Talreja and I agree that the world will inevitably see the widespread deployment of a diverse array of devices that connect, communicate and collaborate to promote better health. While this vision is full of promise for the long run, it will face many challenges and limitations in the near term, however. Ultimately the “Iron Triad” of people, process, and technology will determine the success of these efforts so, it’s worth thinking about the Series 4 from this perspective.
“The competition between consumer-driven wearables and medical-grade devices will test the limits of HIPAA privacy laws, medical-provider and subspecialist access, the willingness of providers to evaluate nontraditional data streams both during scheduled visits and after hours, and medicolegal laws and precedents,” Talreja said. For devices like the Series 4, he concluded, “One key will be to ferret out what measurables are both useful and interpretable by consumers.” They will also test the reimbursement system since someone will have to cover the cost of all of this. The devices aren’t free. Providers are rightly reluctant to give their services away. It is unclear at this time who will pay for the device or services. Sure, some patients will pay out of pocket, but that’s not a scalable or sustainable approach.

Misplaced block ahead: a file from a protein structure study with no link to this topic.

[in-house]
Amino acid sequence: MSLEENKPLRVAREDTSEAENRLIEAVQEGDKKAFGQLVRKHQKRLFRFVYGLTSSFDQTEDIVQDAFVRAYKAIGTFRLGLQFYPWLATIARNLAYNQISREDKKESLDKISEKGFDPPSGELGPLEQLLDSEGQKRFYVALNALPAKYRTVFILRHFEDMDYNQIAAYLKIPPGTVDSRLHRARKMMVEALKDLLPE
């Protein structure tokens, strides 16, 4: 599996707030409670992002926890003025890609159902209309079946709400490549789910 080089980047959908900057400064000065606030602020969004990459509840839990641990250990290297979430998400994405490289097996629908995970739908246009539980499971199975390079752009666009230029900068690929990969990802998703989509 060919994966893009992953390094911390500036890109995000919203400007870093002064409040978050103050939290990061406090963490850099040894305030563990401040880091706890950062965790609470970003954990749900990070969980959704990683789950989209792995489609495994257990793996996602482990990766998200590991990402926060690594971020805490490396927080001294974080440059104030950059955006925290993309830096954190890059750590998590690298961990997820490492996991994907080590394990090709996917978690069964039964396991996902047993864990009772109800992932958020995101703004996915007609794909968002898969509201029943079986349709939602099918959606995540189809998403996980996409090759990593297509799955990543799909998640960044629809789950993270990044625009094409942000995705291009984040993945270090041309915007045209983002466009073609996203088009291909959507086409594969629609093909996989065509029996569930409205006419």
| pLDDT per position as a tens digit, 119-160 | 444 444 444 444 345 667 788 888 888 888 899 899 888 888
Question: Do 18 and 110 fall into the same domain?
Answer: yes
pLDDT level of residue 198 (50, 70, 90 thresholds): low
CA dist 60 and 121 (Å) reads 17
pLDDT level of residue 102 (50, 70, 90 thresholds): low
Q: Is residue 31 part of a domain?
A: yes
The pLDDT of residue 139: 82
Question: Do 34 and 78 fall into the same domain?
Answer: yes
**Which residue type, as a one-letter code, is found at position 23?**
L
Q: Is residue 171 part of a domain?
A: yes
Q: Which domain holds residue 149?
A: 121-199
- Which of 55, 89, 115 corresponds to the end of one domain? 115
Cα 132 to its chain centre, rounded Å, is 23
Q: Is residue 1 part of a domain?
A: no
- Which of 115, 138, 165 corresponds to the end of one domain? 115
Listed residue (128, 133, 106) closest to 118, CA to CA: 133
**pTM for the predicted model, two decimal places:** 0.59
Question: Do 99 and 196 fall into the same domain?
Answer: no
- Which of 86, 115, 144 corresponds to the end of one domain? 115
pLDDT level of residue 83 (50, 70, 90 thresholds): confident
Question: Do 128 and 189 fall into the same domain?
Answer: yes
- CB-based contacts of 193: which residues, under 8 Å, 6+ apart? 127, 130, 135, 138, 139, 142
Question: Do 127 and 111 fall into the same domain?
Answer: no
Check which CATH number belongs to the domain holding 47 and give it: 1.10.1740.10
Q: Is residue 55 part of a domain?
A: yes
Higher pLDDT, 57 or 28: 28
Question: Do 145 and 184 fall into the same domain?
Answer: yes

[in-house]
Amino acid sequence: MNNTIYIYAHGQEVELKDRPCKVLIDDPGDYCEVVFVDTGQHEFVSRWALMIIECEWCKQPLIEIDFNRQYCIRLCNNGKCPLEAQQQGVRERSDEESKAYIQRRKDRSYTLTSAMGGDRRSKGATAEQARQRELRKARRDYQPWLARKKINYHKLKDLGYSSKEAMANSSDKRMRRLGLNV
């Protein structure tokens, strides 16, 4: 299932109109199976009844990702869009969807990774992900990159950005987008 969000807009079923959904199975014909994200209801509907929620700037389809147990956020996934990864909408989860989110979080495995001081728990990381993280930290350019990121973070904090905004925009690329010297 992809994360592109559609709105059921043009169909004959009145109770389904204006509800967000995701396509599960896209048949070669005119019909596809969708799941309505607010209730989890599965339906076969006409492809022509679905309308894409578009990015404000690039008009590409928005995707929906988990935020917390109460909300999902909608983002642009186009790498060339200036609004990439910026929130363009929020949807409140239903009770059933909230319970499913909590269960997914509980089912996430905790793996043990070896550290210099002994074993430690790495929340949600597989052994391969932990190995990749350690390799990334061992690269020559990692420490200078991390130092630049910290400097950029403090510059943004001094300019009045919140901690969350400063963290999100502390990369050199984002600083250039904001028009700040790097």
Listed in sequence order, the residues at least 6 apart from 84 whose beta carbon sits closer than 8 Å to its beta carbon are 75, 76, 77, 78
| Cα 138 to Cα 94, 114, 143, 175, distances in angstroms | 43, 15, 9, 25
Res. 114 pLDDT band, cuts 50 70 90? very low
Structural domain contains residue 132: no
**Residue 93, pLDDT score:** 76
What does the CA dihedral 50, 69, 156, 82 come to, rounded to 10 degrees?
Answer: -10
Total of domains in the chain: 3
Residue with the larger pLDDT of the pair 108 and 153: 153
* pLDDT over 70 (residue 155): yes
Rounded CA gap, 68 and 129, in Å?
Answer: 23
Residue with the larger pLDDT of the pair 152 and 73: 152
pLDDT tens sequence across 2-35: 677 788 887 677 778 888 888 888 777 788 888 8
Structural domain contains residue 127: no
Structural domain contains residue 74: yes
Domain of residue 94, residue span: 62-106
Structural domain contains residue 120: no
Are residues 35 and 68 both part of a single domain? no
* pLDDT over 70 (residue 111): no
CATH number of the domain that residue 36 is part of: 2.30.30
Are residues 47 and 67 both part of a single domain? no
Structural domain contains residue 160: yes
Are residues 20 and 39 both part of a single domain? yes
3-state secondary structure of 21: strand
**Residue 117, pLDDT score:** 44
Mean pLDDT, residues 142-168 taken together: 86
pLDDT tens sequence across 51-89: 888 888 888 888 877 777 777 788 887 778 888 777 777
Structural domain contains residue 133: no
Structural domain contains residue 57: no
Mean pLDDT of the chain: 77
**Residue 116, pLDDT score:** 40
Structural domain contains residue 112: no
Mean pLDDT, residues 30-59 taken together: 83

The Limits of Technology
It’s important to be precise about capabilities when it comes to functions like electrocardiogram (ECG) production and analysis. The Series 4 is FDA-cleared to identify normal heart rhythms or signs of Atrial Fibrillation (AFib). It does not address other important, common and lethal cardiac arrhythmias like Ventricular Fibrillation. Essentially, the Series 4 can tell if you are “fine” or should “get checked out for possible AFib.” This may be useful but is also very limited.